A few weeks ago I posted a story about a little boy in Guatemala being fostered by Lili’s foster grandmother. He had been with the foster family since shortly before we went to pick Lili up in March, 2008 and after a visit to PGN they were going to be moving him from the foster home to an orphanage. I have since found out that he was not moved to an orphanage, but is still with the foster family. Apparently, there is no room at any of the orphanages for him and they asked the family to keep him.
During that same post I also mentioned that Guatemala is taking steps to begin a pilot program in an effort to become Hague compliant, which will then reopen adoption from Guatemala. They asked countries interested in participating in the program to send in their letter of intent. Surprising to many, the U.S. actually send in their letter of intent.
Today I read this information from Guatemala:
This is a translated article that was in a Guatemala City paper:
The National Council for Adoptions (CAN) issued a report yesterday that opened the process to start a pilot scheme for international adoptions which will be promoted this year with five countries that are interested.
Rudy Zepeda, a spokesman for CAN reported that the procedure was started in late 2009, when he took the call which was answered by 10 countries, who sent letters claiming to be interested in adopting Guatemalan children.
From last November 19th to Decemeber 3rd, the institution received documents from institutions from those countries that are interested in doing adoptions.
Each country must nominate two to four adoption agencies.
Since each application must be qualify by Guatemalan standards, CNA was informed of that each agency must research and analyze families wishing to adopt in order to score them for suitability.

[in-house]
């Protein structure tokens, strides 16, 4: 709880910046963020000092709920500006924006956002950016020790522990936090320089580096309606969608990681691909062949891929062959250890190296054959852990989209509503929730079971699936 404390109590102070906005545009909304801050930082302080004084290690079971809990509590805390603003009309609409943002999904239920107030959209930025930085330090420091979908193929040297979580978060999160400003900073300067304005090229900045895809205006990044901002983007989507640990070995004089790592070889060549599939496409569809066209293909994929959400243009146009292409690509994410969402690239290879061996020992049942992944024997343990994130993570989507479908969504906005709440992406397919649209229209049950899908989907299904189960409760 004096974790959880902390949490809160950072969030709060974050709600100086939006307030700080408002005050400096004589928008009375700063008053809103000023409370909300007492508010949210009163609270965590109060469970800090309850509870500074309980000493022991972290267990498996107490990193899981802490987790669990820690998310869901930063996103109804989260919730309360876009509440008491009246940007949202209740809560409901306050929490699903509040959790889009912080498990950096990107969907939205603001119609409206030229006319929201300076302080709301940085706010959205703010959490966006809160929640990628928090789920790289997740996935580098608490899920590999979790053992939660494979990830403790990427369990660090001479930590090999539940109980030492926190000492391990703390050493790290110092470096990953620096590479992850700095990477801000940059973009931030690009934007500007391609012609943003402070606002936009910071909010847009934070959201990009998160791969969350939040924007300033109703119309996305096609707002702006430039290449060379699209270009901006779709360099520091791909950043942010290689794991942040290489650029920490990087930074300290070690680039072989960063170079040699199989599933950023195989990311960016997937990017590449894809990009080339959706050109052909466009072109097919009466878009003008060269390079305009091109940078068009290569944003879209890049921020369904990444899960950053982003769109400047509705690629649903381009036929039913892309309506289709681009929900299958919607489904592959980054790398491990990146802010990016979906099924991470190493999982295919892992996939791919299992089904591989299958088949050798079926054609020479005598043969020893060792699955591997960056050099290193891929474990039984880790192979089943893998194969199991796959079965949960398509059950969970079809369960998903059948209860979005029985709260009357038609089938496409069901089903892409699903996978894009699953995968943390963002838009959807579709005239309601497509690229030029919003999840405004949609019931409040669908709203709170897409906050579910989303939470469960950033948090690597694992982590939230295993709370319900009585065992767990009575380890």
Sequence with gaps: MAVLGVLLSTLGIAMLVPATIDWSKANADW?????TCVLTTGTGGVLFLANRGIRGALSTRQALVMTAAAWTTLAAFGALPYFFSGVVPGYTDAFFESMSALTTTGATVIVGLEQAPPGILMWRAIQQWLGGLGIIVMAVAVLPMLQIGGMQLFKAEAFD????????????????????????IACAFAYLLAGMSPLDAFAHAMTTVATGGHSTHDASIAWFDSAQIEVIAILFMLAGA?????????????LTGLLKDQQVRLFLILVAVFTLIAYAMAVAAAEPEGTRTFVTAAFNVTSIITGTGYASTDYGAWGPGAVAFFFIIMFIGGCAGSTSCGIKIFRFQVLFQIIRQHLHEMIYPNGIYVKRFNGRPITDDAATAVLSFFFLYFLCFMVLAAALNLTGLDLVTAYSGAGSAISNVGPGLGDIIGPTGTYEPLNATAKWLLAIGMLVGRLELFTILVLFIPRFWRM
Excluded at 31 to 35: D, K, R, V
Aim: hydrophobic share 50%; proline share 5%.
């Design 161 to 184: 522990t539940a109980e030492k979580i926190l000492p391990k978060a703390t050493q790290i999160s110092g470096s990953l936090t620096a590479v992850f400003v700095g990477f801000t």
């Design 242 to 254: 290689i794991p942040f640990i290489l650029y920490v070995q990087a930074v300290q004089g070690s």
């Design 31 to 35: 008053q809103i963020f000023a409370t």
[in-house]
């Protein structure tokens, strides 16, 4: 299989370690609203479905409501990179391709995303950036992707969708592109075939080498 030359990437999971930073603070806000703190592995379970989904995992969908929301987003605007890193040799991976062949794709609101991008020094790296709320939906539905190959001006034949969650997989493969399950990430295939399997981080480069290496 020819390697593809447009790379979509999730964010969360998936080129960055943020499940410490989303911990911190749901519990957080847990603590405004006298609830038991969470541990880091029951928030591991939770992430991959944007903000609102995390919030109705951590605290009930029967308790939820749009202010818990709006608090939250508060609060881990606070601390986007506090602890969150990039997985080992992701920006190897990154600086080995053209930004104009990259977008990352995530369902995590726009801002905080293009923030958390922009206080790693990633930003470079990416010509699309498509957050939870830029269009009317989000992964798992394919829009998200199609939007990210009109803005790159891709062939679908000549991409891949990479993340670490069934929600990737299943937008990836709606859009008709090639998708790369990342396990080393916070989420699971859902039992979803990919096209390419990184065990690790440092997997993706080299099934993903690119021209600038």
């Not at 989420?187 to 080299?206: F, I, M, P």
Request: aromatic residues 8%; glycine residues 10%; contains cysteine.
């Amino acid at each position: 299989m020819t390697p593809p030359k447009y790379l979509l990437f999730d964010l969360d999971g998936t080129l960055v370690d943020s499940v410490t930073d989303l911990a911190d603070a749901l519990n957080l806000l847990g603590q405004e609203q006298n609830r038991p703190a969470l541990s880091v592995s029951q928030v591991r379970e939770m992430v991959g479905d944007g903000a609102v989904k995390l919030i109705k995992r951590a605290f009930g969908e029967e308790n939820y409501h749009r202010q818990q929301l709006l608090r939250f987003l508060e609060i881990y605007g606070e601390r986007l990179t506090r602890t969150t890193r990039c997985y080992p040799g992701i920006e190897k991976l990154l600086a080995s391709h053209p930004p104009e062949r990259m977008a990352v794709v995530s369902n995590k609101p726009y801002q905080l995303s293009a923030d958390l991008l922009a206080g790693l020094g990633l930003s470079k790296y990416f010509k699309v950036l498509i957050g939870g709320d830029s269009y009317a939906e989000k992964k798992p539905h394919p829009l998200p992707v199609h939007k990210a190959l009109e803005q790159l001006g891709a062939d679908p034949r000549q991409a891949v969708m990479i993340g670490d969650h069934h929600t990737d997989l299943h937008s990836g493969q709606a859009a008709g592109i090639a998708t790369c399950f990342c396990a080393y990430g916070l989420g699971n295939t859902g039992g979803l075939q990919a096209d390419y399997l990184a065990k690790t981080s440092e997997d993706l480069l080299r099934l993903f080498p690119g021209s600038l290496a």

The agencies experience in international adoptions will also be assessed, especially in cases of children with special needs such as sibling groups or children with physical or mental deficiencies.
So far, out of the 526 children that qualify for adoption only 238 have found Guatemala families. The rest are still hoping to have a home.
Zepeda believes that the children could be adopted abroad, but stressed that Guatemalan couples should always take precedence.
The spokesman explained that one of the requirements of the pilot is that the ANC is in charge of sending the data about the children who may be placed for adoption, not like before, when foreign families provided their requirements.
Zepeda said the process is in the phase of evaluating the agencies’ applications. Next March to April, the program will be started in five countries that pass the process.
From that moment, he started working in the adoption of children who are abandoned and have not been placed in Guatemalan families.
I am absolutely thrilled to know that things are moving forward. It can’t happen soon enough for me and isn’t happening nearly fast enough for the orphaned children in Guatemala, but at least something is happening and that’s a good thing.